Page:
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Transcript of PUBLISHED , 368 F. Supp. 3d at 898¢â‚¬â€œ900 (discussing...



    No. 19-1341


    Plaintiff – Appellant,




    Amici Supporting Appellant.

    Appeal from United States District Court for the Eastern District of Virginia, at Alexandria. Anthony J. Trenga, District Judge. (1:18-cv-01424-AJT-TCB)

    Argued: April 7, 2020 Decided: August 20, 2020

    Before WILKINSON and RICHARDSON, Circuit Judges, and Thomas E. JOHNSTON, Chief United States District Judge for the Southern District of West Virginia, sitting by designation.

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    Reversed by published opinion. Judge Richardson wrote the opinion, in which Judge Wilkinson and Judge Johnston join.

    ARGUED: Michael Julian Gottlieb, WILLKIE, FARR & GALLAGHER LLP, Washington, D.C., for Appellant. Virginia Whitner Hoptman, REDMOND, PEYTON & BRASWELL, Alexandria, Virginia; David E. Gutowski, ZDARSKY SAWICKI & AGOSTINELLI, Buffalo, New York, for Appellees. ON BRIEF: Joshua Riley, Jon R. Knight, BOIES SCHILLER FLEXNER LLP, Washington, D.C., for Appellant. James S. Kurz, REDMOND, PEYTON & BRASWELL, Alexandria, Virginia; J. William Eshelman, III, Bradford G. Hughes, CLARK HILL PLC, Washington, D.C., for Appellees. Michael H. Pryor, Washington, D.C., Christine A. Samsel, Nicholas R. Santucci, BROWNSTEIN HYATT FARBER SCHRECK, LLP, Denver, Colorado, for Amicus Credit Union National Association. William M. Jay, Andrew Kim, GOODWIN PROCTER LLP, Washington, D.C., for Amicus National Association of Federally-Insured Credit Unions.

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    RICHARDSON, Circuit Judge:

    This appeal centers on the meaning of a seemingly simple, three-letter word

    connecting two clauses: and. For establishing diversity jurisdiction, Congress provides

    that a corporation “shall be deemed a citizen of every State and foreign state by which it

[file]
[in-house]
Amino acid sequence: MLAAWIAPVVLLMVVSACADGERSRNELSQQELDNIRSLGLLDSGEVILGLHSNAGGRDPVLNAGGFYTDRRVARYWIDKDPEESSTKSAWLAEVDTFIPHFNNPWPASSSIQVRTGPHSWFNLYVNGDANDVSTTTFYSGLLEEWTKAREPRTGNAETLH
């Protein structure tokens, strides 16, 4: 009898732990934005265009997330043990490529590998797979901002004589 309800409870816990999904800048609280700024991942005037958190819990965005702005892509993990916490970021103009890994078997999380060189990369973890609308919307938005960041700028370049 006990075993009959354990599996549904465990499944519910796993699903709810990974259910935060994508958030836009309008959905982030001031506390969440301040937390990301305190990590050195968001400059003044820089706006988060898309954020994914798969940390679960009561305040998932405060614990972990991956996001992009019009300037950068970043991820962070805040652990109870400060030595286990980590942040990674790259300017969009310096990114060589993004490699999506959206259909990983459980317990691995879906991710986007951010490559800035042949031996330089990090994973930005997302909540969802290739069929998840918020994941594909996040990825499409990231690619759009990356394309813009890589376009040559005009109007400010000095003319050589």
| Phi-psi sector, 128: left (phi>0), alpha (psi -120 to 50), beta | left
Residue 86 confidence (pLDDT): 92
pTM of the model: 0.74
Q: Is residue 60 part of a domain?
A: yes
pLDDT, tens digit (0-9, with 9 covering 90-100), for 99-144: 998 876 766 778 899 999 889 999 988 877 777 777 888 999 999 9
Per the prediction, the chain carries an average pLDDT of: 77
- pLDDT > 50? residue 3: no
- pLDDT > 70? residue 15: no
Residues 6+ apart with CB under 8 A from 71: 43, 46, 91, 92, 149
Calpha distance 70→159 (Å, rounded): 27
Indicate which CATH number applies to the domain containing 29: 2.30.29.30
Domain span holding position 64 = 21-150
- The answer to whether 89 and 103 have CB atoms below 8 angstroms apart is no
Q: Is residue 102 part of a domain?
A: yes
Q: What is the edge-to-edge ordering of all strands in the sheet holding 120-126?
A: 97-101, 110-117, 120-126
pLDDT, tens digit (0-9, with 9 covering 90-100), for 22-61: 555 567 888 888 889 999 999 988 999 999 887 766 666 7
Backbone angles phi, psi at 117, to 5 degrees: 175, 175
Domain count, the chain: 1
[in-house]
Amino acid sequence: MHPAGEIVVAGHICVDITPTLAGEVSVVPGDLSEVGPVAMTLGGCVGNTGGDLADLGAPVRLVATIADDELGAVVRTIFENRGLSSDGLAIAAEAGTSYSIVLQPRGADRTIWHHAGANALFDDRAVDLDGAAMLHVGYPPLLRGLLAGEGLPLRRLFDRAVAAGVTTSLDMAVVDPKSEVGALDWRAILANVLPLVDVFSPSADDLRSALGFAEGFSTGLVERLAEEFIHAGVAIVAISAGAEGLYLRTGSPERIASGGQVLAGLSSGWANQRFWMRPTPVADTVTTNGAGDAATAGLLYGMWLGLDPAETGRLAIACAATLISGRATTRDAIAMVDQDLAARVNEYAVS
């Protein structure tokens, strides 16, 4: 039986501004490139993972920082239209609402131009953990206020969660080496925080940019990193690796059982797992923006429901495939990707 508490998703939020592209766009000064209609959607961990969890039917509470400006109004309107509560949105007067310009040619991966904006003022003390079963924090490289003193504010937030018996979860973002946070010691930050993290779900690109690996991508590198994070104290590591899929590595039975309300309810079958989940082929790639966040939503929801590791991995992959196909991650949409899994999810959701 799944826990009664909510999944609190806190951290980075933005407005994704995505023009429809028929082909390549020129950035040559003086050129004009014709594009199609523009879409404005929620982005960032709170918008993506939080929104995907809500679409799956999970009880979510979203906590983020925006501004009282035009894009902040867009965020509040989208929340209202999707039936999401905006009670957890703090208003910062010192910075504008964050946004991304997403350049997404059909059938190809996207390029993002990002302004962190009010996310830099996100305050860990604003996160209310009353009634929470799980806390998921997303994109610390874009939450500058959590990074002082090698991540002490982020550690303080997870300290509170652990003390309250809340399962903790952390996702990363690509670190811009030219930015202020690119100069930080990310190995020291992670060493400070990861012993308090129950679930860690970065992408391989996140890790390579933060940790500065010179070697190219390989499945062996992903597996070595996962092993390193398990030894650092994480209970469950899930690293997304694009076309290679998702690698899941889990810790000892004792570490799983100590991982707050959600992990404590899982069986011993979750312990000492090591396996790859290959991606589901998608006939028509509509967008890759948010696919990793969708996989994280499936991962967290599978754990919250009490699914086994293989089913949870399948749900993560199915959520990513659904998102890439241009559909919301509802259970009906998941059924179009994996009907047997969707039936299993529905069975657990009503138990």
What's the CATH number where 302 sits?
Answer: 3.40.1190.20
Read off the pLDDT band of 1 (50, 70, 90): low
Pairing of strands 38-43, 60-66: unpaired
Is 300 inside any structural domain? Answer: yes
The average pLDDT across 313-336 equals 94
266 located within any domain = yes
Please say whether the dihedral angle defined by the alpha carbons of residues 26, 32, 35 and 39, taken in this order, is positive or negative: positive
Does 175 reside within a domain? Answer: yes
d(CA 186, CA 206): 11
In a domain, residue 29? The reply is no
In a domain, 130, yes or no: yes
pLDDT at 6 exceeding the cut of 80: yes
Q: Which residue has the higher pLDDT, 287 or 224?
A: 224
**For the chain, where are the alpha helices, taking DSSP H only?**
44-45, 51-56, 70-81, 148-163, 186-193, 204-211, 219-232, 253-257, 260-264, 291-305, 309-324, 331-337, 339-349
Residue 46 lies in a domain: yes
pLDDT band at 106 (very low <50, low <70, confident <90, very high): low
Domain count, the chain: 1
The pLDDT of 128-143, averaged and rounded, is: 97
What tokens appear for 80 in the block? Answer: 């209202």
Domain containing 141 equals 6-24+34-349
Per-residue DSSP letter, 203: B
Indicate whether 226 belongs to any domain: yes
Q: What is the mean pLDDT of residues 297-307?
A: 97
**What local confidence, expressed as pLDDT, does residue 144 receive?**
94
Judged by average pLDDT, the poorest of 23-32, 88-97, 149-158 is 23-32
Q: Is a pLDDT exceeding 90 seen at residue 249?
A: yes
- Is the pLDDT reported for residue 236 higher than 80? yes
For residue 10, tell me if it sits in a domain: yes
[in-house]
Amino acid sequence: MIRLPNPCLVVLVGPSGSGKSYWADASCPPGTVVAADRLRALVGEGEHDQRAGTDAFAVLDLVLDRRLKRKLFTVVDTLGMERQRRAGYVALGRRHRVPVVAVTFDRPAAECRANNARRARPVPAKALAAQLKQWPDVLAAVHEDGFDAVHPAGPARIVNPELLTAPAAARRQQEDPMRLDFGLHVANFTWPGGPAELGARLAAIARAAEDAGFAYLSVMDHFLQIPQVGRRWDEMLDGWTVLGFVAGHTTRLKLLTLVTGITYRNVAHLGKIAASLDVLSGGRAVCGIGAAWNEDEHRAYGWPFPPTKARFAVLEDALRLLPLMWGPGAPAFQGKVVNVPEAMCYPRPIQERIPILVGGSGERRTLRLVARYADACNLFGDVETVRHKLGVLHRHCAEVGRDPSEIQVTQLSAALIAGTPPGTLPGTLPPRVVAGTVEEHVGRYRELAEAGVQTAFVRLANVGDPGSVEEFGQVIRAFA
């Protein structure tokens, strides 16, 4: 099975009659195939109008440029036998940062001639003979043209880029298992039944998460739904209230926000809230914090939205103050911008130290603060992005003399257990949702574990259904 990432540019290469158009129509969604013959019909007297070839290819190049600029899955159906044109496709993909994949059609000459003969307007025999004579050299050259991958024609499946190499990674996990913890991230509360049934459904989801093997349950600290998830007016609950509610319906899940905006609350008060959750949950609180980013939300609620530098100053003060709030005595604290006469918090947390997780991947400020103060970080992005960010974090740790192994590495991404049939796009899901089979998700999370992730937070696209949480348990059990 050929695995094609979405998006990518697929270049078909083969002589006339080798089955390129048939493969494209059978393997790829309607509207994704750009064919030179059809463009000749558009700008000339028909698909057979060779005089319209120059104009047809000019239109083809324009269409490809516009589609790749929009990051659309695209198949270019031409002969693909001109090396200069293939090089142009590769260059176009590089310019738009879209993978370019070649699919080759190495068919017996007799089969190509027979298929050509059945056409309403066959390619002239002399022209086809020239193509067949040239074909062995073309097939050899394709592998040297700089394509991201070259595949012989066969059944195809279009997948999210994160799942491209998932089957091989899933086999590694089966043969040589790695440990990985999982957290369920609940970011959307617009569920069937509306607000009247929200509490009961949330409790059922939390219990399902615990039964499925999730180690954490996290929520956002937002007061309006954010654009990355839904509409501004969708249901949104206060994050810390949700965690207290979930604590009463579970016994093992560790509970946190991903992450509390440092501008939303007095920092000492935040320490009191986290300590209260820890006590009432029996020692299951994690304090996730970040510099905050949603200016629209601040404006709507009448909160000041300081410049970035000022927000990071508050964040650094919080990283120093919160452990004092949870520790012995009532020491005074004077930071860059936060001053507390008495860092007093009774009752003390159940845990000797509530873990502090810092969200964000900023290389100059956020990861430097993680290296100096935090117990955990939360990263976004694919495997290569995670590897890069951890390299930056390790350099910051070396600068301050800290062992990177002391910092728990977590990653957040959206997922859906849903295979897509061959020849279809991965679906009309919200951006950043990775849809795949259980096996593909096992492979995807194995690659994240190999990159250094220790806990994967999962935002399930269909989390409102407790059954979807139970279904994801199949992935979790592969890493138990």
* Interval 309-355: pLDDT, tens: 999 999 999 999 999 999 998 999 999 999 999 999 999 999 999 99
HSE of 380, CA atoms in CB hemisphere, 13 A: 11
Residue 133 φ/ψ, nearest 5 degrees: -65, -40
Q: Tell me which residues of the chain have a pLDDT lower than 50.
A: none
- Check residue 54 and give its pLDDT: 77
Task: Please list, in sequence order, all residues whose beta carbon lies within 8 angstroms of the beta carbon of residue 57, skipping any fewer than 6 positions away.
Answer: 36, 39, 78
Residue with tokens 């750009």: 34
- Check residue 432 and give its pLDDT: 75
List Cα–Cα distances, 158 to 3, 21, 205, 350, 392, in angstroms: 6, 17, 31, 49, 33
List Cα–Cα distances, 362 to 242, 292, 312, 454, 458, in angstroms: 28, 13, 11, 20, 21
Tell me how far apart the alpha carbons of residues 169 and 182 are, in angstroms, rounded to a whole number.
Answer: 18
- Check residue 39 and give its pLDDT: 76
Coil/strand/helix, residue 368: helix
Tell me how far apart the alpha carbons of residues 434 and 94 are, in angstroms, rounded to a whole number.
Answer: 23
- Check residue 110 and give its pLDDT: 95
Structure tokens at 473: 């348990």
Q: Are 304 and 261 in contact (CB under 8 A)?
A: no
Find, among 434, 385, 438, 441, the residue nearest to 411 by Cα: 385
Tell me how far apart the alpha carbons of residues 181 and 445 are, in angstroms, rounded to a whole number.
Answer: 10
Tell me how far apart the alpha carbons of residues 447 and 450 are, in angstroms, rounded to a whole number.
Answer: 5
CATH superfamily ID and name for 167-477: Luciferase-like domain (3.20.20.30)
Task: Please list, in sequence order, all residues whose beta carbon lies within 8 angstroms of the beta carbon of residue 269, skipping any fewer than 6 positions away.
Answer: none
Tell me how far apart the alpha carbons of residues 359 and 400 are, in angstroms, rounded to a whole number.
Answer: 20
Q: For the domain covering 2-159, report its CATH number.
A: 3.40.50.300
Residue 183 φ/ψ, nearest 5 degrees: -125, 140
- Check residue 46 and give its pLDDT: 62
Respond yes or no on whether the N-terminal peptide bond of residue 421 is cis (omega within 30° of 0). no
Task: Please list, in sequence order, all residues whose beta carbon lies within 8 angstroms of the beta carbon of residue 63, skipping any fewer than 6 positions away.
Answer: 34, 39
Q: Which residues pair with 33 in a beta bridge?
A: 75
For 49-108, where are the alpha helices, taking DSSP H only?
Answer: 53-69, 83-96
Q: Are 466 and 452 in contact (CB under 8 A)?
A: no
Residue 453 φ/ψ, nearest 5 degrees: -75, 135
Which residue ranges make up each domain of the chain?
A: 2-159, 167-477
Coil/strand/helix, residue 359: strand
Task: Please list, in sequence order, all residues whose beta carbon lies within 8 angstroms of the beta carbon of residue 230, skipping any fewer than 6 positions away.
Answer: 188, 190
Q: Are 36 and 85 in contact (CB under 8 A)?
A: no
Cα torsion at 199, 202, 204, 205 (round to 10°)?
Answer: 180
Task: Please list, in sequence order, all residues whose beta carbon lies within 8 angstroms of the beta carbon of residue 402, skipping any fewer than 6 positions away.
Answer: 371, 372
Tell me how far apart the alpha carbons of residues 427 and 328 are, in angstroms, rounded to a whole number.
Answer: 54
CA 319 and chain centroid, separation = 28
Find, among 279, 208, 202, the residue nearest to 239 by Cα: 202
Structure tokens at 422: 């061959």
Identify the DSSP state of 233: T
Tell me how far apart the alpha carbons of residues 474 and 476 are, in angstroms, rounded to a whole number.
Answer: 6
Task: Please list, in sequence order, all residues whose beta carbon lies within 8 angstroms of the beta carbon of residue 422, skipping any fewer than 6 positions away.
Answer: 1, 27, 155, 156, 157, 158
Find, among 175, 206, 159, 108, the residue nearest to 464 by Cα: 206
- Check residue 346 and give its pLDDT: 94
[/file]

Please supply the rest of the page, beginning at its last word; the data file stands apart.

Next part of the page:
has been incorporated and of the State or foreign state where it has its principal place of

    business.” 28 U.S.C. § 1332(c)(1) (emphasis added). We regularly apply this subsection

    to your bread-and-butter, state-chartered corporations. But federally chartered

    corporations (not incorporated in a State or foreign state) do not “fit comfortably” under

    the first clause. Wachovia Bank v. Schmidt, 546 U.S. 303, 306 (2006). What of the second?

    According to defendants and the district court, a federal corporation is not a citizen

    of the place where it has its principal place of business under § 1332(c)(1). In their view,

    the use of the word and between the clauses means that § 1332(c)(1) applies only to those

    corporations that satisfy both: those chartered by a “State or foreign state,” not by the

    federal government. Plaintiff Navy Federal Credit Union, a federally chartered credit

    union, disagrees. Acknowledging the first clause of § 1332(c)(1) does not grant state

    citizenship to a federal corporation, Navy Federal argues the second clause deems it a

    citizen of Virginia.

    In our view, § 1332(c)(1)’s text, structure, and context show that Navy Federal is

    correct. The plain meaning of and in context here is ‘in addition to,’ and when we add

    something to nothing, something remains. Section 1332(c)(1) thus requires us to interpret

    and to give effect to the second clause even when the first clause does not specify a

    citizenship. Moreover, the district court’s and defendants’ understanding of and conflicts

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    with circuit precedent. See Athena Automotive, Inc. v. DiGregorio, 166 F.3d 288, 290 (4th

    Cir. 1999). Finally, this approach to § 1332(c)(1) is supported by the Supreme Court’s

    holding in Bankers Trust Co. v. Texas & Pacific Railway Co., 241 U.S. 295 (1916). There,

    the Court asked whether the common law, the constitution, or the legislature spoke to the

    issue of corporate citizenship. But with no existing constitutional or legislative provision

    on point, the Court found a federal corporation not diverse under then-existing federal-

    common-law rules. Id. at 309−10. Congress has since plainly provided a general rule for

    corporate citizenship, and that text grants a federal corporation the citizenship of its

    principal place of business. For these reasons, we find Navy Federal to be a citizen of

    Virginia, and we reverse.

    I. Background

    This case arises from a contract dispute. In April 2012, Plaintiff Navy Federal